Around this time last year I was in a pretty low place. I wasn't working so I had plenty of time on my hands, but because I wasn't working I didn't have any money to do anything. And that's part of the reason for the creation of the NewGardArt website.
I've been painting and drawing on and off since high school, sometimes prolifically and then nothing for years. A lot of them have never seen the light of day and the ones that I haven't hated I've just given away. Some of them I even kept for myself.
I've never really rated anything I've painted as worthwhile, which isn't false modesty, it's because a deep-rooted lack of confidence, which was the other major contributor to the creation of the website.
Family and friends had been telling me for years that I should sell my paintings, but the thought of this terrified me, what if nobody liked them? I couldn't handle that level of criticism or rejection.
So I decided to create a website. This served a dual purpose; it would give me something to do and I could use it to gauge people's reactions to my art without being present. I'm not the most IT or technically minded person so creating a website was a little bit daunting, but rather than deter me I used this to help focus my mind. I'm not going to bore you with all the details of the development of the website but once I started I realised it probably wasn't going to be as difficult, or take as long, as I had anticipated.
This led to another problem, what would I do once the website was finished? The solution to this problem was to extend the range of products beyond my original paintings. There wasn't a light-bulb moment or a master plan (there seldom is with me), it just seemed to evolve on its own.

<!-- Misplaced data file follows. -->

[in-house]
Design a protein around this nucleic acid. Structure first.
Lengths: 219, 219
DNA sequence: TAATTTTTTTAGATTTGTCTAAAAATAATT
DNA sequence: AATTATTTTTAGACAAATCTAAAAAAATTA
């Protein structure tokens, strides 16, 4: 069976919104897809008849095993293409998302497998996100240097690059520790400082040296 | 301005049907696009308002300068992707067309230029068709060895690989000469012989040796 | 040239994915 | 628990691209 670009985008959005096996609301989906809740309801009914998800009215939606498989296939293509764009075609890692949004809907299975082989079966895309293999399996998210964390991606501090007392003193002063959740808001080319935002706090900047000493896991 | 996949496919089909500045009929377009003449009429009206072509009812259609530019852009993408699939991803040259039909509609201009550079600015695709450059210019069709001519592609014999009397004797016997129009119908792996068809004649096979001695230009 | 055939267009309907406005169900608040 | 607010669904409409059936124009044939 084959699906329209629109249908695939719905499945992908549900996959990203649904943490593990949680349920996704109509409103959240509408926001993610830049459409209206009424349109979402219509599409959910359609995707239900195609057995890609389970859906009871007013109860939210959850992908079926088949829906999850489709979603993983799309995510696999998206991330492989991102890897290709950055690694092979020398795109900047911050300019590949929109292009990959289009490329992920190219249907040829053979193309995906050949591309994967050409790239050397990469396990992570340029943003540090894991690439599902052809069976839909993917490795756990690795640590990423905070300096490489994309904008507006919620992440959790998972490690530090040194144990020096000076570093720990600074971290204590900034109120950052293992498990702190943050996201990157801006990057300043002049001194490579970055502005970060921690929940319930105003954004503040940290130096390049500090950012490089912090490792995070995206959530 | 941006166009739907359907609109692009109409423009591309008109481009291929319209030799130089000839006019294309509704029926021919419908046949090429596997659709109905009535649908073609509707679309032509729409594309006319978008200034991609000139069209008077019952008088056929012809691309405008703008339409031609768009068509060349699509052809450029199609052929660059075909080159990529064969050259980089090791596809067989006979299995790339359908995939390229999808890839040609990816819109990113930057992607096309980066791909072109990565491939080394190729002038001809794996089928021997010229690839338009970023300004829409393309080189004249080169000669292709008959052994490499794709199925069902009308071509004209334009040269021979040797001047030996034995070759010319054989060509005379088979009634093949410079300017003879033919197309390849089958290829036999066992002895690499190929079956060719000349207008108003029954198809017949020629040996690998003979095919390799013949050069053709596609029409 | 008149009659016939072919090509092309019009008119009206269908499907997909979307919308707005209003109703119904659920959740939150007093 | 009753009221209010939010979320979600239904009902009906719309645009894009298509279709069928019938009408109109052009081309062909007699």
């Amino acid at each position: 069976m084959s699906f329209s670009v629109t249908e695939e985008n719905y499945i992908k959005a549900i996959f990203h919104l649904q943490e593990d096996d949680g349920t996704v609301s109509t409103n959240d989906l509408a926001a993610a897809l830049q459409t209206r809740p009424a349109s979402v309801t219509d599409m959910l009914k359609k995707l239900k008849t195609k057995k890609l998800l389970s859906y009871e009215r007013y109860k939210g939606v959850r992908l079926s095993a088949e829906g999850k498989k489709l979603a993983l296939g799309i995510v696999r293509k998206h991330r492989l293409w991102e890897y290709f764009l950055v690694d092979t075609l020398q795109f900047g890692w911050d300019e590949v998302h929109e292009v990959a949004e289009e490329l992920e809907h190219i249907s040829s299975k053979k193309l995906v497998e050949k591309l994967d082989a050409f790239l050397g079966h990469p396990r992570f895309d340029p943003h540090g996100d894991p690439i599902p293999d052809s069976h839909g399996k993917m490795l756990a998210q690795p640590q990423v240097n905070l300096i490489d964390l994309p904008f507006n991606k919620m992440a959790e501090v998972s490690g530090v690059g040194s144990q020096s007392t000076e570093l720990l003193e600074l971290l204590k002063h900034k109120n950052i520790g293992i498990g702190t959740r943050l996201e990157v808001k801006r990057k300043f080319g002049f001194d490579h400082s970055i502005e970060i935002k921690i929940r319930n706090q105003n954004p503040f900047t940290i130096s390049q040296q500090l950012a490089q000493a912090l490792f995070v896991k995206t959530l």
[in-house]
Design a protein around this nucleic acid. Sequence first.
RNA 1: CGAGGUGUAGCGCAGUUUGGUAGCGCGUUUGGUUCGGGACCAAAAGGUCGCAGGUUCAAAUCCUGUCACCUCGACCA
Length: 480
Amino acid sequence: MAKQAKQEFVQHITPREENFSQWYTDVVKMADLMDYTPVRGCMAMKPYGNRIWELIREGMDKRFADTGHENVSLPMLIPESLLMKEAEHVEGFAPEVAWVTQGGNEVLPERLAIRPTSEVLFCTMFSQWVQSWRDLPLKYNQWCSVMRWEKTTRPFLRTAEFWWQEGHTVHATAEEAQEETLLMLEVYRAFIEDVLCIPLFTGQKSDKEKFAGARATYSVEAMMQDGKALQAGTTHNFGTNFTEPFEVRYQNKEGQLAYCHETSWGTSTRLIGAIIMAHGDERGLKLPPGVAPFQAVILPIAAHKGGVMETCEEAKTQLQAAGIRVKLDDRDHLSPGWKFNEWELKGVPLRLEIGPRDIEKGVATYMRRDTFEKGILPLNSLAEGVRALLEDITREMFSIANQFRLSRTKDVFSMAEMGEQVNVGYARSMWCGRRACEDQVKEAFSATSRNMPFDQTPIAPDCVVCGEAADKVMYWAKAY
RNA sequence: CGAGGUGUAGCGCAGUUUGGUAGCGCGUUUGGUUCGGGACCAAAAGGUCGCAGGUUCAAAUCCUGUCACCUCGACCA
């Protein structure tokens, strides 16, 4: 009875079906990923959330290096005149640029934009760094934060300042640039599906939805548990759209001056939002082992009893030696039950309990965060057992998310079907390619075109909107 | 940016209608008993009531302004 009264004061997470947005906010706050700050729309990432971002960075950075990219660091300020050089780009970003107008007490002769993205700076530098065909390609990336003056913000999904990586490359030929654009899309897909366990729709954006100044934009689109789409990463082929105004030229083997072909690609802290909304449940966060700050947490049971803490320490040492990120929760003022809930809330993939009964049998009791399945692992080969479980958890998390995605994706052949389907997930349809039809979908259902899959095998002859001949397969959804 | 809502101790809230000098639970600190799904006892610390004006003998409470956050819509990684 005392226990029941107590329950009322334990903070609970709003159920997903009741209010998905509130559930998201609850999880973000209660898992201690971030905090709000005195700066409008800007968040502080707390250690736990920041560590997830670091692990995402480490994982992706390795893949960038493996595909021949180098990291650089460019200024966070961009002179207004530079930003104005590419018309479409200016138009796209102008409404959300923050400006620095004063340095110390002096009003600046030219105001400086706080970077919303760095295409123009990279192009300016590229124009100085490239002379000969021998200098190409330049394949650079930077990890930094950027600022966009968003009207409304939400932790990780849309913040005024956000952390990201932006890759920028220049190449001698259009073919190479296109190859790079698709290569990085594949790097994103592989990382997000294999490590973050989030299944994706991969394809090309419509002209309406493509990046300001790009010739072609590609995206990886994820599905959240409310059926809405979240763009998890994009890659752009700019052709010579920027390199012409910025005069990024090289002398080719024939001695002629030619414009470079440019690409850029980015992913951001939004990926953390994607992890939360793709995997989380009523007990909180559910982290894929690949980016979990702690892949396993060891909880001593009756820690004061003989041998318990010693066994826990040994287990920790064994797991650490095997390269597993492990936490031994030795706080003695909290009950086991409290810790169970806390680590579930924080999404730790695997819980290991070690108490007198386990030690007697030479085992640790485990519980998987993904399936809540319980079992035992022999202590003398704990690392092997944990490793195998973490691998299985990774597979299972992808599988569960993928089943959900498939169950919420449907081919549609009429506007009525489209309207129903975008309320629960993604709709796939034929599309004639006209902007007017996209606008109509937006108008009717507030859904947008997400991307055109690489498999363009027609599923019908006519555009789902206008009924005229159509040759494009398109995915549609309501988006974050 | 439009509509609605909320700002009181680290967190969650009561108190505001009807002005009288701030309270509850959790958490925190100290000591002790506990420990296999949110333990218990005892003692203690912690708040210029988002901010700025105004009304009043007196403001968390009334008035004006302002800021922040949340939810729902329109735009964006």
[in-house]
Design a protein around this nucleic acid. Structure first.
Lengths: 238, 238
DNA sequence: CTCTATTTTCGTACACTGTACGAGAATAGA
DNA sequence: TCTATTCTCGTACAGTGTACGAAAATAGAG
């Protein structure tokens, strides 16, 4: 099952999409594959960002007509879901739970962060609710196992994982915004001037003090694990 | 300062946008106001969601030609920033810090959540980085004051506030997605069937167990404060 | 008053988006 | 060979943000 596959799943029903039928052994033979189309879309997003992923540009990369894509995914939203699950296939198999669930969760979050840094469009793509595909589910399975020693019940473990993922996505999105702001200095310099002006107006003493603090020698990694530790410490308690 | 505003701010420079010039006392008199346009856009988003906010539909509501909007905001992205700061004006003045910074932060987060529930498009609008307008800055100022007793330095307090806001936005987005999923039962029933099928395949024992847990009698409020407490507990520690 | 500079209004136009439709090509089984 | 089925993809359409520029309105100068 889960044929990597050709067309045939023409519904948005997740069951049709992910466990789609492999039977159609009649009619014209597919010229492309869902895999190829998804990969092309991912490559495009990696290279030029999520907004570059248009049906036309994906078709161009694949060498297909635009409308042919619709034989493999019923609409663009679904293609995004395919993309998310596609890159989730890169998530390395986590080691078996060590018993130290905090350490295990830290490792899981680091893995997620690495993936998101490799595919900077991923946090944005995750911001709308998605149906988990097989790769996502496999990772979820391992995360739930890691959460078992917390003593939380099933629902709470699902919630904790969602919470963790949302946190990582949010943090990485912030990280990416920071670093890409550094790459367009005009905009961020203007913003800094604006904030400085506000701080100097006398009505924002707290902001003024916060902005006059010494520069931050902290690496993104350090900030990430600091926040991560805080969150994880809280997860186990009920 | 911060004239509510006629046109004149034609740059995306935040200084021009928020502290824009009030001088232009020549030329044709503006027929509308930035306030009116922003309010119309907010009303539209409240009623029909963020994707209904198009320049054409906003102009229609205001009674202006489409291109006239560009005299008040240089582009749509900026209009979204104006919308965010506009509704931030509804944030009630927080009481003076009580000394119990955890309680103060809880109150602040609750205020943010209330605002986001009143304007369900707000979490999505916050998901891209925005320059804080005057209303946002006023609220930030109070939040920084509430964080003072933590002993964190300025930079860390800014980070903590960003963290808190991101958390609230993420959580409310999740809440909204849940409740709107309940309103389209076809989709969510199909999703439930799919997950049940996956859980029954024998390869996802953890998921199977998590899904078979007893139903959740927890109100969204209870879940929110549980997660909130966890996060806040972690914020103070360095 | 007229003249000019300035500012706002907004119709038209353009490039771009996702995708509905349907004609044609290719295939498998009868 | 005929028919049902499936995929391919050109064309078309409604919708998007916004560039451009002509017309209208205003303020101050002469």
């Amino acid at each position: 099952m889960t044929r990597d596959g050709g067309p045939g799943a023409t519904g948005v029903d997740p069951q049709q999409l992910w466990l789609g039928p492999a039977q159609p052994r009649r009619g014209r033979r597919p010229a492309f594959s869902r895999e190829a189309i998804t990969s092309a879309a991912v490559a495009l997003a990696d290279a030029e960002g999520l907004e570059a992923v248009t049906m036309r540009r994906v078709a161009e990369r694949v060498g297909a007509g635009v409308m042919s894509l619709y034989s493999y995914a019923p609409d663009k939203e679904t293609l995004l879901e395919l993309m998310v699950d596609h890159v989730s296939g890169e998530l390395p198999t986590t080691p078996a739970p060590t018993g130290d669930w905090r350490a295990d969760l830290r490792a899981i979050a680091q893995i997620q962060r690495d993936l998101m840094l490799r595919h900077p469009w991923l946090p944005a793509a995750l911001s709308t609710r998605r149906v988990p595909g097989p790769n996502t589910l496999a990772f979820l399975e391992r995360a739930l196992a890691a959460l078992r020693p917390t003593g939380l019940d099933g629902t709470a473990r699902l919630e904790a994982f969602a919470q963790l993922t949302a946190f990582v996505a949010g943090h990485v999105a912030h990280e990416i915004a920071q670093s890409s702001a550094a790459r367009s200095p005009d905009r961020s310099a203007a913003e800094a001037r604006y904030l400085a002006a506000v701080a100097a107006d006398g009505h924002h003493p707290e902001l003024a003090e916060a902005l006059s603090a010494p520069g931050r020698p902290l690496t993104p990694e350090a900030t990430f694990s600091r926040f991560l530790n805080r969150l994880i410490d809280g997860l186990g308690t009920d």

Not having a plan has it's benefits and it's drawback. I was able to experiment with designs and content, logos and layouts, producers and products.
However, it also meant that the development of the site and it's purpose has been confused with constant updates and changes.
With it's first year anniversary looming I decided it was time to really think about the site and it's future.
And so I decided to kill it. Which might seem like an odd thing to do to something you have been developing and building and nurturing for a year, but it made sense to me, and hopefully I can explain why.
NewGardArt started out as a therapeutic tool. In a way it was my self prescribed anti-depressant and confidence booster. It was something to keep my occupied when I had nothing else to do and it would let me know if this 'art' stuff was worth pursuing or not, with minimal impact on me.
As I've said, there was no real plan in place, I didn't have a strategy or objectives, I didn't have any idea of costs or projected income, I didn't set out to create a brand or a business.
But it seemed to be turning into one, and whats more I now really want it to be one, but was it the one I wanted it to be? When I first created the site I hadn't given the name much thought. It was a play on my name and it had Art in the title so you'd know what you were getting. However as the site and the products and the content morphed this name become more and more irrelevant.
That's why I decided to kill it off. If I am going to turn this distraction into a business I don't want it to be lumbered with an out-dated and superfluous name. Neither do I want it to be associated with a website that never quite found it's identity and purpose (a bit like myself).
I'm not ashamed of NewGardArt, it gave me purpose and focus over the past year and it has helped me to develop a vision and plan for the next year.
If it hadn't of been for the experimental process that was creating, developing and promoting the site wouldn't have the experience and expertise that I have now. NewGardArt might be no more but it is the foundation stone upon which the new business will be built.